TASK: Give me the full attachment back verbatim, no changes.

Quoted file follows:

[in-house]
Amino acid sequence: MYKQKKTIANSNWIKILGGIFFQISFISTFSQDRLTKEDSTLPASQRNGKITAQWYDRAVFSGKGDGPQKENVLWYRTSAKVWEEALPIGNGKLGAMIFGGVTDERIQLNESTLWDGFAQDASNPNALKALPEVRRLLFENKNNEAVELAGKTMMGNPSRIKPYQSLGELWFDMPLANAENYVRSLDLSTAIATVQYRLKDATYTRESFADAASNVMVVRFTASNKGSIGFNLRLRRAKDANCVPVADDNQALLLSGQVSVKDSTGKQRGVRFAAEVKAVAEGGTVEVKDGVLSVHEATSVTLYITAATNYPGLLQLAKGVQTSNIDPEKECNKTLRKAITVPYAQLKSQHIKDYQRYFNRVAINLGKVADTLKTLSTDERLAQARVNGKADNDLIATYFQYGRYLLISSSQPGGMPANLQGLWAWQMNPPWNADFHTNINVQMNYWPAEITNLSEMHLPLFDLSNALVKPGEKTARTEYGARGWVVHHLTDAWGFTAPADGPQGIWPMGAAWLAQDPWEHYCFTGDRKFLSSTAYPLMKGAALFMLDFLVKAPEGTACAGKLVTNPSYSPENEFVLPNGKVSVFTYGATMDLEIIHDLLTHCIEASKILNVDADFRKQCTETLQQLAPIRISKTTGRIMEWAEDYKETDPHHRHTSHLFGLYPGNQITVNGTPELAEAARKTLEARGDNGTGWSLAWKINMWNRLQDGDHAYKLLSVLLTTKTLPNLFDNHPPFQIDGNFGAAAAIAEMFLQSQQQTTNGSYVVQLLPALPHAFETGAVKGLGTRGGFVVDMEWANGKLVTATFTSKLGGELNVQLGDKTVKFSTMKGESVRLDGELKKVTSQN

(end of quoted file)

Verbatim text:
[in-house]
Amino acid sequence: MYKQKKTIANSNWIKILGGIFFQISFISTFSQDRLTKEDSTLPASQRNGKITAQWYDRAVFSGKGDGPQKENVLWYRTSAKVWEEALPIGNGKLGAMIFGGVTDERIQLNESTLWDGFAQDASNPNALKALPEVRRLLFENKNNEAVELAGKTMMGNPSRIKPYQSLGELWFDMPLANAENYVRSLDLSTAIATVQYRLKDATYTRESFADAASNVMVVRFTASNKGSIGFNLRLRRAKDANCVPVADDNQALLLSGQVSVKDSTGKQRGVRFAAEVKAVAEGGTVEVKDGVLSVHEATSVTLYITAATNYPGLLQLAKGVQTSNIDPEKECNKTLRKAITVPYAQLKSQHIKDYQRYFNRVAINLGKVADTLKTLSTDERLAQARVNGKADNDLIATYFQYGRYLLISSSQPGGMPANLQGLWAWQMNPPWNADFHTNINVQMNYWPAEITNLSEMHLPLFDLSNALVKPGEKTARTEYGARGWVVHHLTDAWGFTAPADGPQGIWPMGAAWLAQDPWEHYCFTGDRKFLSSTAYPLMKGAALFMLDFLVKAPEGTACAGKLVTNPSYSPENEFVLPNGKVSVFTYGATMDLEIIHDLLTHCIEASKILNVDADFRKQCTETLQQLAPIRISKTTGRIMEWAEDYKETDPHHRHTSHLFGLYPGNQITVNGTPELAEAARKTLEARGDNGTGWSLAWKINMWNRLQDGDHAYKLLSVLLTTKTLPNLFDNHPPFQIDGNFGAAAAIAEMFLQSQQQTTNGSYVVQLLPALPHAFETGAVKGLGTRGGFVVDMEWANGKLVTATFTSKLGGELNVQLGDKTVKFSTMKGESVRLDGELKKVTSQN